Johnson v. Lantz et al
RULING AND ORDER DENYING 1 Petition for Writ of Habeas Corpus and DISMISSING CASE. Signed by Judge Stefan R. Underhill on 07/08/2010. (Shonka, N.)
Johnson v. Lantz et al
UNITED STATES DISTRICT COURT DISTRICT OF CONNECTICUT MICHAEL JOHNSON, Petitioner, No. 3:09CV1354 (SRU) v. THERESA LANTZ and DAVID STRANGE, Respondents. RULING ON PETITION FOR HABEAS CORPUS Michael Johnson submits this habeas corpus petition pro se to vacate his convictions pursuant to 28 U.S.C. § 2254. Prior to serving the named defendants with the petition, the court ordered Johnson to show cause (doc. # 2) why this petition should not be dismissed as timebarred. Johnson responded to the order on November 17, 2009 (doc. # 3). Federal habeas corpus statutes impose a one-year statute of limitations on federal petitions for a writ of habeas corpus challenging a judgment of conviction imposed by a state court. 28 U.S.C. § 2244(d)(1). The limitations period begins on the completion of the direct appeal or the conclusion of the time within which an appeal could have been filed and may be tolled for the period during which a properly filed state habeas petition is pending. See 28 U.S.C. § 2244; Williams v. Artuz, 237 F.3d 147, 151 (2d Cir. 2001). The district court has discretion to raise the timeliness of a state prisoner's federal habeas petition sua sponte. See Day v. McDonough, 547 U.S. 198, 209-10 (2006). Equitable tolling may be applied in habeas cases only in extraordinary and rare circumstances and requires petitioner "to demonstrate a causal relationship between the extraordinary circumstances on which the claim for equitable tolling rests and the lateness of his filing, a demonstration that cannot be made if the petitioner, acting with reasonable diligence,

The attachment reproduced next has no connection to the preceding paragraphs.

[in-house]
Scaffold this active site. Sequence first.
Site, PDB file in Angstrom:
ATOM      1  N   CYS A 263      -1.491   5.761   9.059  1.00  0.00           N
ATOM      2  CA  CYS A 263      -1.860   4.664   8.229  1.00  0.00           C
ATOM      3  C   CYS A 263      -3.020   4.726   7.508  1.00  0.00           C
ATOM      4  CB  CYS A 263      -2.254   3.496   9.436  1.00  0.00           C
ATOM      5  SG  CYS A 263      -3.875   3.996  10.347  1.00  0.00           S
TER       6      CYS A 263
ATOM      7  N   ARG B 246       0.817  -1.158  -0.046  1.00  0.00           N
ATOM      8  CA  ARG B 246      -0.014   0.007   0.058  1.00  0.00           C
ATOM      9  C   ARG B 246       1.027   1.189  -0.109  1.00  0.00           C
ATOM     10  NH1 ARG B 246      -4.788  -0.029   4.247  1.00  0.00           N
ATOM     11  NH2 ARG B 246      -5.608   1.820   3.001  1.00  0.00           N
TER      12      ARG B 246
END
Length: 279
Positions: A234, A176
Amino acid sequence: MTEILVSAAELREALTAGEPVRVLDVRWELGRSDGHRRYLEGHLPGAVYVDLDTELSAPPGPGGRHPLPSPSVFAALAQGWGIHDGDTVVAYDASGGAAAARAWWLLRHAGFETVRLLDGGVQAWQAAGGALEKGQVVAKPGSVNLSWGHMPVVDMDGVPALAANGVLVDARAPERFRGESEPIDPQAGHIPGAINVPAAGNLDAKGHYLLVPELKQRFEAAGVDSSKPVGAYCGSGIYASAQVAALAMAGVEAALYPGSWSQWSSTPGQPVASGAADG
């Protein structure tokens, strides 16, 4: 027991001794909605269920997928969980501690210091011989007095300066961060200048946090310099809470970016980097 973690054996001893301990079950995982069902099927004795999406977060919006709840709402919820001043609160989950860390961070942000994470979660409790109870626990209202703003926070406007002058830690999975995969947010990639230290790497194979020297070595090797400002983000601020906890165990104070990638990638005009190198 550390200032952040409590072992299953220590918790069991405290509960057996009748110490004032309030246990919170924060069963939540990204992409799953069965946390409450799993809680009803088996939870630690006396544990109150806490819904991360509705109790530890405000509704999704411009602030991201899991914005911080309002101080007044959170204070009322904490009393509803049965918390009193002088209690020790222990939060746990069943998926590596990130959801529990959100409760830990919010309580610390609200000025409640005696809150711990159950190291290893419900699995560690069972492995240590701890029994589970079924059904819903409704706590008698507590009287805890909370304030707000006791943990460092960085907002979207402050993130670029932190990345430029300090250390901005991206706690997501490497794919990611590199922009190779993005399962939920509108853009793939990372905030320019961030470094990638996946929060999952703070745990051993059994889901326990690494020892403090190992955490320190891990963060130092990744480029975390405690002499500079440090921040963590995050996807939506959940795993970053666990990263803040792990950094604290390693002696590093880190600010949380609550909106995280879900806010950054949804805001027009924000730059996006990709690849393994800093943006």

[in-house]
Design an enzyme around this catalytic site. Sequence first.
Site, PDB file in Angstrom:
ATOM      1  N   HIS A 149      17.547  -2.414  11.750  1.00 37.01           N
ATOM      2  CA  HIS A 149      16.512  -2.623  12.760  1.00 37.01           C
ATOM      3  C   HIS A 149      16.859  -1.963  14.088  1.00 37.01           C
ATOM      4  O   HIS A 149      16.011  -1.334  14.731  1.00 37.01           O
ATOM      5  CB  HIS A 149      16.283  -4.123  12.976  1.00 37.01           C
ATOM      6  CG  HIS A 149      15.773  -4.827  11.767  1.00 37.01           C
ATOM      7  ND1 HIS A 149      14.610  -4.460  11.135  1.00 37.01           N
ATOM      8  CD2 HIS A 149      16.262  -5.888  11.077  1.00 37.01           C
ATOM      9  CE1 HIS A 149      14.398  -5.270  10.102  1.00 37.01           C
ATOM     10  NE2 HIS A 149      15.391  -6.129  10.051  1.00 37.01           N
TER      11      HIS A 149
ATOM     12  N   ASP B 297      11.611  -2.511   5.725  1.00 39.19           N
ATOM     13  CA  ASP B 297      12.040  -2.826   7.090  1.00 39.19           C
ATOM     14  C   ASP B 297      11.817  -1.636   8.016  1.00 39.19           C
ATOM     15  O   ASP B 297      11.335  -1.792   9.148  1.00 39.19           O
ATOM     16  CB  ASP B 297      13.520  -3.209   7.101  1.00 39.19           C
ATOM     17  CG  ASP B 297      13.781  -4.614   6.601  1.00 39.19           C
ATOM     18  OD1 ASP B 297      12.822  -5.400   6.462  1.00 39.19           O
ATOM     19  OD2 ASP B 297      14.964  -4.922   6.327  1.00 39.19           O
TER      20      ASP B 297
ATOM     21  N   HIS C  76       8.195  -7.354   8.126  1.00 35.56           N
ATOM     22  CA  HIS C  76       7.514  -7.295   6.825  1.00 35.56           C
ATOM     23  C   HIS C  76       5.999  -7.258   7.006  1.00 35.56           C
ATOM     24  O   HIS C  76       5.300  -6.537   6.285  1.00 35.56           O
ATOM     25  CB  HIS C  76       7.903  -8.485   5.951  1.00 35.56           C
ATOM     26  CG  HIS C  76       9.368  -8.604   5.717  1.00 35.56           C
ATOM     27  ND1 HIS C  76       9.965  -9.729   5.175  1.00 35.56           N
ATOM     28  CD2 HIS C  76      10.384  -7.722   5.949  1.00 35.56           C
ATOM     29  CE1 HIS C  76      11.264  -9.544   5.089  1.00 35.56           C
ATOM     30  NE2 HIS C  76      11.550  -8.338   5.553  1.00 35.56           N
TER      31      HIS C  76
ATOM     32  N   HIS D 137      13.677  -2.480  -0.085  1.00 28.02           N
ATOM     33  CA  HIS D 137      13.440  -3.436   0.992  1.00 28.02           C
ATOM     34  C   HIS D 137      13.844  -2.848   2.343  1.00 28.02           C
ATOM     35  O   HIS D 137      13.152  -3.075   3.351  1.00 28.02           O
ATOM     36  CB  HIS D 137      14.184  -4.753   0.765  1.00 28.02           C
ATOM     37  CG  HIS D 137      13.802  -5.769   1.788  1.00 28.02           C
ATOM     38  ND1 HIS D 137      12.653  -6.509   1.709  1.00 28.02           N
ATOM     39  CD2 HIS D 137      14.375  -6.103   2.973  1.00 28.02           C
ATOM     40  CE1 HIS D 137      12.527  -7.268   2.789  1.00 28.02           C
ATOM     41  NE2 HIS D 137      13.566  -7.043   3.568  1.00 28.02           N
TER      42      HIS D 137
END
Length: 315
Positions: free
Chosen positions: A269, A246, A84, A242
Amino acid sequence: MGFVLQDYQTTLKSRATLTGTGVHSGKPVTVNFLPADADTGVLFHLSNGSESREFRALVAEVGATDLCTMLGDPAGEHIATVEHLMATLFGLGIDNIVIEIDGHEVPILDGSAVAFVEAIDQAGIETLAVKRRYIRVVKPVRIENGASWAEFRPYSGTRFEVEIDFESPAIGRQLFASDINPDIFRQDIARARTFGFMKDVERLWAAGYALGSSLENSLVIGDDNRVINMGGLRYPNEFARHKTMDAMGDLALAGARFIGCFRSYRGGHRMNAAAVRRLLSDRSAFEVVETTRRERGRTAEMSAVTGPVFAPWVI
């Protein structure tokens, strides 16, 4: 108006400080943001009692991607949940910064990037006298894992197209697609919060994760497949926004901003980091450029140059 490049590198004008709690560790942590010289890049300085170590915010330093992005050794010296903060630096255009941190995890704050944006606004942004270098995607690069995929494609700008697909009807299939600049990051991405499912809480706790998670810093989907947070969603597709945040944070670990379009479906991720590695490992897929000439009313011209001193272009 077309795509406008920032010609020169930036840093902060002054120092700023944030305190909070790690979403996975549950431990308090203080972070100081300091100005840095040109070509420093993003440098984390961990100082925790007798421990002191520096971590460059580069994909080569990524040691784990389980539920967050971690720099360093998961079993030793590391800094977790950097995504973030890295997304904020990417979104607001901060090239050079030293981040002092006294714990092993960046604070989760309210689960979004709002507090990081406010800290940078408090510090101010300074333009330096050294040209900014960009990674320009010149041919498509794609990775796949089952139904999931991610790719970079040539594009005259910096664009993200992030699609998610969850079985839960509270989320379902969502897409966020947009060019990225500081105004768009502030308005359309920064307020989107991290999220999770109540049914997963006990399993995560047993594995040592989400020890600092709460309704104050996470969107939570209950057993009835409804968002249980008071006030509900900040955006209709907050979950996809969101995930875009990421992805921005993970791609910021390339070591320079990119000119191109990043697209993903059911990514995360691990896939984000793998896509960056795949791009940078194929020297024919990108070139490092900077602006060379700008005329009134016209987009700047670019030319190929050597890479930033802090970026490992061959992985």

could have filed on time notwithstanding the extraordinary circumstances." Valverde v. Stinson, 224 F.3d 129, 134 (2d Cir. 2000). Johnson's response to the order to show cause explains that he was unable to obtain a copy of his file from his attorney and had to file a freedom of information ("FOI") request to obtain the papers. The documents produced in response to his FOI request provided the basis for his belated state habeas petition. Even assuming Johnson has shown cause for why equitable tolling should apply to his belatedly-filed state habeas petition, he has not shown cause for tolling his federal habeas petition. Johnson appealed the denial of his state habeas petition; the state appellate court declined review on November 13, 2001. The limitations period began running the next day. Johnson did not file his federal habeas petition until August 26, 2009. That petition was filed almost eight years after the final disposition of his state proceedings; it was well over the one-year limitations period provided in the statute. Johnson gave no explanation for this delay and thus, has failed to show why the federal petition is not time-barred. The petition (doc. # 1) is DENIED; the clerk shall close this file. It is so ordered. Dated at Bridgeport, Connecticut, this 8th day of July 2010.
/s/ Stefan R. Underhill Stefan R. Underhill United States District Judge
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